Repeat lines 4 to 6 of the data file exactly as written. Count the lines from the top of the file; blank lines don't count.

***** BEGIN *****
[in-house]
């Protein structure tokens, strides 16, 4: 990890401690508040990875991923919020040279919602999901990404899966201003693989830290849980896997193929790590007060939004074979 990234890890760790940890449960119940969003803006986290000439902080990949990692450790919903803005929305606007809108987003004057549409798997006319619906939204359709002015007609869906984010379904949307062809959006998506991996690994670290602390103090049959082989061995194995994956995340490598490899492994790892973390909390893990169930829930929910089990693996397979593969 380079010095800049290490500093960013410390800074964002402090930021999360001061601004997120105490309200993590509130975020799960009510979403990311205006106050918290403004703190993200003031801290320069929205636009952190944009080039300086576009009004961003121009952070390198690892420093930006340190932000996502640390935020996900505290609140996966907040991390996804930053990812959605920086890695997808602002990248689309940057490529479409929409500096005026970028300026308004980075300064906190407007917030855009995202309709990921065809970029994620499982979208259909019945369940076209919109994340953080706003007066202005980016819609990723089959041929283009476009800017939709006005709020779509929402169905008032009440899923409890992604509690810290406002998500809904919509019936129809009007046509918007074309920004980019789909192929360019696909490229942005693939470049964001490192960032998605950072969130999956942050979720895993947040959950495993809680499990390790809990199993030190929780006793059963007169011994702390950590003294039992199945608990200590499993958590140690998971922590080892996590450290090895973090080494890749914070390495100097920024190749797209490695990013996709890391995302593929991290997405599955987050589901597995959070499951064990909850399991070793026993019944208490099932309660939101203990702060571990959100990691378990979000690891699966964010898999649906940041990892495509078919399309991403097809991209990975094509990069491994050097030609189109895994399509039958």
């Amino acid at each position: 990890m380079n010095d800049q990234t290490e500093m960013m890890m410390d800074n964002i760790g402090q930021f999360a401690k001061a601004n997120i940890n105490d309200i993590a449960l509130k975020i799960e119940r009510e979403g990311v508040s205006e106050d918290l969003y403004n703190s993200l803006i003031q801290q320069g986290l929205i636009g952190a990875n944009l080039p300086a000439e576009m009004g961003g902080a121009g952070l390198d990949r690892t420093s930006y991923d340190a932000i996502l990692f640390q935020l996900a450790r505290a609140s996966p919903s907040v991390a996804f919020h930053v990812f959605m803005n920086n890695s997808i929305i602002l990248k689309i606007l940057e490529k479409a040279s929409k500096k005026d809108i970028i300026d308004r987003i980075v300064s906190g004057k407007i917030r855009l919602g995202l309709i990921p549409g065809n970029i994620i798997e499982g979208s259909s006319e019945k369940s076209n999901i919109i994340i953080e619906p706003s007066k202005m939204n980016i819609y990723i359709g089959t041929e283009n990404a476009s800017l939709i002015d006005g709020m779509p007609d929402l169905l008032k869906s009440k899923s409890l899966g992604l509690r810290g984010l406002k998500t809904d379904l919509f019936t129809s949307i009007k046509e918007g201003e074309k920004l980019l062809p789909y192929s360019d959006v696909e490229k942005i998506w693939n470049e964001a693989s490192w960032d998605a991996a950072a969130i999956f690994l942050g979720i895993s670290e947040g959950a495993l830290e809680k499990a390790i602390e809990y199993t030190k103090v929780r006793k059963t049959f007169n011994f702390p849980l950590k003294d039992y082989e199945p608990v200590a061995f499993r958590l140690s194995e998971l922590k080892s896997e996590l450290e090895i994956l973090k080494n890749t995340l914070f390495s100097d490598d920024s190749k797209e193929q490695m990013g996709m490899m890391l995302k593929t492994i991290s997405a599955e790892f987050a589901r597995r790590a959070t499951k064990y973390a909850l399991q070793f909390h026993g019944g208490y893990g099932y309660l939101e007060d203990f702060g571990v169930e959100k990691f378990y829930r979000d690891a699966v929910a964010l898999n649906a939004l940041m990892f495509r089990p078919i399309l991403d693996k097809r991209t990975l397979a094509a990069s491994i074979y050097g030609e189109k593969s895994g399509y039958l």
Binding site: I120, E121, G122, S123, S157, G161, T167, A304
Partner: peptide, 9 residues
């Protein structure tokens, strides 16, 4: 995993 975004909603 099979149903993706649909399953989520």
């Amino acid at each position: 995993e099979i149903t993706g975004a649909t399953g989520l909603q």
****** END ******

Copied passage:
Binding site: I120, E121, G122, S123, S157, G161, T167, A304
Partner: peptide, 9 residues
């Protein structure tokens, strides 16, 4: 995993 975004909603 099979149903993706649909399953989520």